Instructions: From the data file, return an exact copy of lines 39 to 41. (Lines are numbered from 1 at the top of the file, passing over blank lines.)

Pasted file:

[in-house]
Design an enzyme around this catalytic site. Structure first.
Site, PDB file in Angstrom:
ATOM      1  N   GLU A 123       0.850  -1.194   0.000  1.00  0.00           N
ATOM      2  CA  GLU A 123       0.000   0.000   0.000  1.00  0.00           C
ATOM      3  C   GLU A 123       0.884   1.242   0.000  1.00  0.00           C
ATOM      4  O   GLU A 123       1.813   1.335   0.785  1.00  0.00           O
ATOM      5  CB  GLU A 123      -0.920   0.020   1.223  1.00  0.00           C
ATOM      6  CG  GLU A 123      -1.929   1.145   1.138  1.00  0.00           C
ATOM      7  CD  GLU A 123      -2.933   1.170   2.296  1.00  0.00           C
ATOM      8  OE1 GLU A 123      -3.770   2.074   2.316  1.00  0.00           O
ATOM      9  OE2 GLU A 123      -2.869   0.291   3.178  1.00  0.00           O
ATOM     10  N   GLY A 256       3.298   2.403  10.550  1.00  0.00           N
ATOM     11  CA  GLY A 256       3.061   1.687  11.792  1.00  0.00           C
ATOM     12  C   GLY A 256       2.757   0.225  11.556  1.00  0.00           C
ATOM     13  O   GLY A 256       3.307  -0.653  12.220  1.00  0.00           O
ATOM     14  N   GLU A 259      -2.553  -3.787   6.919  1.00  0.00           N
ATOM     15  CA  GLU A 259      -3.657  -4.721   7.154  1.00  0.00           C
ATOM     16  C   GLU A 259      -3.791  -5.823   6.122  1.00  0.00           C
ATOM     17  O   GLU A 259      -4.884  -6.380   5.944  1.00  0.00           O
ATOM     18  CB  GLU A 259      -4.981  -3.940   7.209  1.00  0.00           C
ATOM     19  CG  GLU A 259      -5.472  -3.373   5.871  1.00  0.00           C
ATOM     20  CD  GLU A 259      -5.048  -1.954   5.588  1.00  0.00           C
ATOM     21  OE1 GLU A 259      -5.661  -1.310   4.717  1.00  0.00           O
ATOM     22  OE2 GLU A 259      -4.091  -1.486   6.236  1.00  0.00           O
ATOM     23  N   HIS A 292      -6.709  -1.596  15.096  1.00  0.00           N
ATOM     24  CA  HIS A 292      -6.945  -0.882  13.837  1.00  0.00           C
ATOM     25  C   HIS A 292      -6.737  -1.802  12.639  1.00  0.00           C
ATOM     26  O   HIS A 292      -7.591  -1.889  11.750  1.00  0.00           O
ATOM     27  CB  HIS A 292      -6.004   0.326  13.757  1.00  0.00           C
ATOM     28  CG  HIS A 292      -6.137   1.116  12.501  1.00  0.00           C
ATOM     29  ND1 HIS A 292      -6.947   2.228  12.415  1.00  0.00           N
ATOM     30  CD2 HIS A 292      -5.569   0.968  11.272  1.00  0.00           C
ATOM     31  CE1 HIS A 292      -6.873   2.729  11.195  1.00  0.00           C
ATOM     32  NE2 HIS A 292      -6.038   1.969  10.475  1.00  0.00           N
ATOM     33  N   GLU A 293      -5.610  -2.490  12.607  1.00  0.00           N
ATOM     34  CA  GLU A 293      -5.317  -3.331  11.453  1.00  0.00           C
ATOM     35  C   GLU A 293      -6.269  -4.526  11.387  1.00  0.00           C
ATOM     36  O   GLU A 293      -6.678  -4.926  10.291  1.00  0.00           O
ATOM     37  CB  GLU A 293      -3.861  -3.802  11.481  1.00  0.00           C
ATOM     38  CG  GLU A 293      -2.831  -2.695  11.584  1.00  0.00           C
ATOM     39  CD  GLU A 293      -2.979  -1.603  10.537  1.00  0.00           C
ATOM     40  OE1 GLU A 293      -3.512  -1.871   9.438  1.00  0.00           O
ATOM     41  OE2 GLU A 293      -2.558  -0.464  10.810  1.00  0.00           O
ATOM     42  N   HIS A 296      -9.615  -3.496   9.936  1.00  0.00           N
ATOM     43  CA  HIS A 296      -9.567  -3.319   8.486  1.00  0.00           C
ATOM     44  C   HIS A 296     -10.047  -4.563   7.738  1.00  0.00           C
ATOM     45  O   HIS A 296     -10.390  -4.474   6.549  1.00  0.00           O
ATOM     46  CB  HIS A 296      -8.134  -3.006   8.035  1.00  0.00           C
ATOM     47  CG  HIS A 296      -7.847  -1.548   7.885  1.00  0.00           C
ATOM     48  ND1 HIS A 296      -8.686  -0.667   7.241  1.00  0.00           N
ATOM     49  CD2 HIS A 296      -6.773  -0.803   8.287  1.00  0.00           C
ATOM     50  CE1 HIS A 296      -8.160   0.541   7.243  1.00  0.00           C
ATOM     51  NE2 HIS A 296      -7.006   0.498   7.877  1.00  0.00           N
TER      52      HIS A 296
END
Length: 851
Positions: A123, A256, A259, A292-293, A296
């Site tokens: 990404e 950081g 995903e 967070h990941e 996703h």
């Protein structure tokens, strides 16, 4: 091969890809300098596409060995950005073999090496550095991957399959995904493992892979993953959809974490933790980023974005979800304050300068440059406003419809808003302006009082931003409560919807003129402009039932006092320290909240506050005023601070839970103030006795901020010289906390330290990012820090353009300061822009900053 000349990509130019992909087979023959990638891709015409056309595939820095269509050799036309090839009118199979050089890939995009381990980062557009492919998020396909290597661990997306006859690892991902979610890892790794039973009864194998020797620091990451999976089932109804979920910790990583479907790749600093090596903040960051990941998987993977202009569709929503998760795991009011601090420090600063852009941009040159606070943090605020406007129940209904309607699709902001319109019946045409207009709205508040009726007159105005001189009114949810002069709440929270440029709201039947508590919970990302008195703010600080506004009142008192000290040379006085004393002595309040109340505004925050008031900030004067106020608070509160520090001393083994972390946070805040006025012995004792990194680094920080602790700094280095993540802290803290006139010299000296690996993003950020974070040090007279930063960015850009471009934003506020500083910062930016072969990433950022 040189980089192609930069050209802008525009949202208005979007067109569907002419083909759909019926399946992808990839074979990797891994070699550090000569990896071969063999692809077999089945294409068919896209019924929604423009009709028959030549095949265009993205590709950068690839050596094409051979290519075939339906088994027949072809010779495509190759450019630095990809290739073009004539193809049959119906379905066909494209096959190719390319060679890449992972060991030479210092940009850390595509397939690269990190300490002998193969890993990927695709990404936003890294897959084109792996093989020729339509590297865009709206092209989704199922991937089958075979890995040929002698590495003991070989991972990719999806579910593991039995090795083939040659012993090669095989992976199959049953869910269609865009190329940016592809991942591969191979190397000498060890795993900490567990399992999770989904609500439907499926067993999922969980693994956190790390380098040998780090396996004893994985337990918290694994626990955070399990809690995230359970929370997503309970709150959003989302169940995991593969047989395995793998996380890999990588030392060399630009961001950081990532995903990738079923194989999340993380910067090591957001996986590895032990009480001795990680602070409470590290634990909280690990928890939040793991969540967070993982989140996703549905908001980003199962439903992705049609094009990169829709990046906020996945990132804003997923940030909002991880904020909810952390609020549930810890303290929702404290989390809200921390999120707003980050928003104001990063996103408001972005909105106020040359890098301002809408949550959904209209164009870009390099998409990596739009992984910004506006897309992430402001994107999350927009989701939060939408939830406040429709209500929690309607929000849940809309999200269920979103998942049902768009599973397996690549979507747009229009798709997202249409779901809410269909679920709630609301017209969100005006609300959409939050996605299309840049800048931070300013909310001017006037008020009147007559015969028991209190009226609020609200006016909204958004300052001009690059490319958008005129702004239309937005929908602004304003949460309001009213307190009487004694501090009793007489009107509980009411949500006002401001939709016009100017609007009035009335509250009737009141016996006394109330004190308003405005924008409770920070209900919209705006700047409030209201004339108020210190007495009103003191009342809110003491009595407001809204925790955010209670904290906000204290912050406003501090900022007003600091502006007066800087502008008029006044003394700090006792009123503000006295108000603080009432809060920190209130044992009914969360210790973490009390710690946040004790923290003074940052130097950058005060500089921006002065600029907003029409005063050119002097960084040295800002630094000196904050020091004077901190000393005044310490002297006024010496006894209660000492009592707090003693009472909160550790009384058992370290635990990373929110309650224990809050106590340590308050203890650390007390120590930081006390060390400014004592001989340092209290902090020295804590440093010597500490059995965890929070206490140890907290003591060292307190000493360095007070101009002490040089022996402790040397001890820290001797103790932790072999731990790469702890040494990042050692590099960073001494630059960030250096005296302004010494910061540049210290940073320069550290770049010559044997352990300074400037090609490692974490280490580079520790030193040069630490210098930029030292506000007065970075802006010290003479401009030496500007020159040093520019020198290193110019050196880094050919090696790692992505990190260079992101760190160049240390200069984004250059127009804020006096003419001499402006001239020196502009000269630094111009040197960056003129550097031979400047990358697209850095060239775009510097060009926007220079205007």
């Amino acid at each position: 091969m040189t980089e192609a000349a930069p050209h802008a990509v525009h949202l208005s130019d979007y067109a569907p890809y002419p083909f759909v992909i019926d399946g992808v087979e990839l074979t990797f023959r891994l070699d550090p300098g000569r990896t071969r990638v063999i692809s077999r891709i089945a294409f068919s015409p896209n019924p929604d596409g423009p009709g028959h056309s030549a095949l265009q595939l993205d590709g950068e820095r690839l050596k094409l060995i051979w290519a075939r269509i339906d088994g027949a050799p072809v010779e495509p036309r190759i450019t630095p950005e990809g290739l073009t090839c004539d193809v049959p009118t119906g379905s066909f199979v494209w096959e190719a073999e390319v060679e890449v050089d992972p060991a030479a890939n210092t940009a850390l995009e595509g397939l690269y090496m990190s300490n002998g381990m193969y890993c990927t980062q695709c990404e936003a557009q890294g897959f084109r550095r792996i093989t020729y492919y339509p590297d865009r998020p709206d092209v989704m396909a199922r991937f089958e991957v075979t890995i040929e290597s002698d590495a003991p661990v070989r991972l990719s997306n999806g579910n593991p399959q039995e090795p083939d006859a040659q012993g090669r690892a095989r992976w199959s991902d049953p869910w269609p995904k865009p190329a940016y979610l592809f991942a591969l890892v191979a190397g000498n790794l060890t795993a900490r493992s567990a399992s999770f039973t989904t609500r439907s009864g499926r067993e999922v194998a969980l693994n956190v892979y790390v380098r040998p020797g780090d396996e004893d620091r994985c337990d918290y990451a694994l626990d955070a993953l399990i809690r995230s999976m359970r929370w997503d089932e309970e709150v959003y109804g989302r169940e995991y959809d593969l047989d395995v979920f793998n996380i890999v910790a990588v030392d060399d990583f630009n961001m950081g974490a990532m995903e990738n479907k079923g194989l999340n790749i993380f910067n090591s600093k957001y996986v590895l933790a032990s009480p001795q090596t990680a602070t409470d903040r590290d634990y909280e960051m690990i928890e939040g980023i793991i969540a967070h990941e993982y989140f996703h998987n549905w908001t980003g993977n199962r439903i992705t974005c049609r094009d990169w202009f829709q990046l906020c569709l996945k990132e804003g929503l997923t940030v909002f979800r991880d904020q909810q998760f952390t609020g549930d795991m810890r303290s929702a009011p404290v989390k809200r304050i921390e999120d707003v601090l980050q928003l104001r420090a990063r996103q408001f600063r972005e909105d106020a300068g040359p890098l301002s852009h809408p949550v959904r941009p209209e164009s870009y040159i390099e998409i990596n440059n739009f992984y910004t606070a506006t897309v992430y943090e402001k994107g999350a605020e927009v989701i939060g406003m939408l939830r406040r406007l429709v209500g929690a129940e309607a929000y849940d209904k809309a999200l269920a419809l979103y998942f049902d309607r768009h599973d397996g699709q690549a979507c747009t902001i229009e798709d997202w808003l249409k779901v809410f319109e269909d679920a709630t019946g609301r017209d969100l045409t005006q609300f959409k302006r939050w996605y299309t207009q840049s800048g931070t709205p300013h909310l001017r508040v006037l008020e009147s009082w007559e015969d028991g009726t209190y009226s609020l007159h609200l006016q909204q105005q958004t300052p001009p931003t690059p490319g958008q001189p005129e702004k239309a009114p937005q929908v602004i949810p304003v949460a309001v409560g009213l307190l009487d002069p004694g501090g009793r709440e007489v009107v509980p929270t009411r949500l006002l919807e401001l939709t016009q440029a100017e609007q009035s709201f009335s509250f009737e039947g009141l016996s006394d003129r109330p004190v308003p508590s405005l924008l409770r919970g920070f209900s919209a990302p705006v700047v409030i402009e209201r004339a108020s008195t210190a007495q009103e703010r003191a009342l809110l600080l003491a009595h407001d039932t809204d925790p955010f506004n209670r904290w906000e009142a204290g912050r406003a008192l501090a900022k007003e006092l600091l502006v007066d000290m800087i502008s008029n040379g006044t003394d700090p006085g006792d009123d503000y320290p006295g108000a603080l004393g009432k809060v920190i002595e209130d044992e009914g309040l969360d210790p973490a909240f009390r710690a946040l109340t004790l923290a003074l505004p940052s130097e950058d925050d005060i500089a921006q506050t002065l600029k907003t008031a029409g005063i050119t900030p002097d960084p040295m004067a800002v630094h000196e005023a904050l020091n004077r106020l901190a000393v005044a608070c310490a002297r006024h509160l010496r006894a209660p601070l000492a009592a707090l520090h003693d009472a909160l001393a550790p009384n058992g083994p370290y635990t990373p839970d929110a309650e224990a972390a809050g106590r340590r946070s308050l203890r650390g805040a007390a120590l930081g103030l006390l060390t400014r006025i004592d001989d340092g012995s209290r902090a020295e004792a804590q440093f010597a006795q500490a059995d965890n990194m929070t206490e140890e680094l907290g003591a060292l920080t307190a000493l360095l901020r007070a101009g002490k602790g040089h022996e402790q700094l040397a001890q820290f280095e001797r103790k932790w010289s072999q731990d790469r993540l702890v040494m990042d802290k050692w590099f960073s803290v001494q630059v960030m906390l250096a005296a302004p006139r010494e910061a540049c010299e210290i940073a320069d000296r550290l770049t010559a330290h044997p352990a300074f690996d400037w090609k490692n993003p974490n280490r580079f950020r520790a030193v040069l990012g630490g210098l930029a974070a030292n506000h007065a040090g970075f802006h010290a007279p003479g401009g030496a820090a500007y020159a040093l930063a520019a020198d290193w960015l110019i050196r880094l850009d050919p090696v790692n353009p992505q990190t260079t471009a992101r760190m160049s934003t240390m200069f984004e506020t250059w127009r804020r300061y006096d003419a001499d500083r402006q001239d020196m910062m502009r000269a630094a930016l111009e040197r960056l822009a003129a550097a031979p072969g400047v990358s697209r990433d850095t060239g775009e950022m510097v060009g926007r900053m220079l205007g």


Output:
ATOM     36  O   GLU A 293      -6.678  -4.926  10.291  1.00  0.00           O
ATOM     37  CB  GLU A 293      -3.861  -3.802  11.481  1.00  0.00           C
ATOM     38  CG  GLU A 293      -2.831  -2.695  11.584  1.00  0.00           C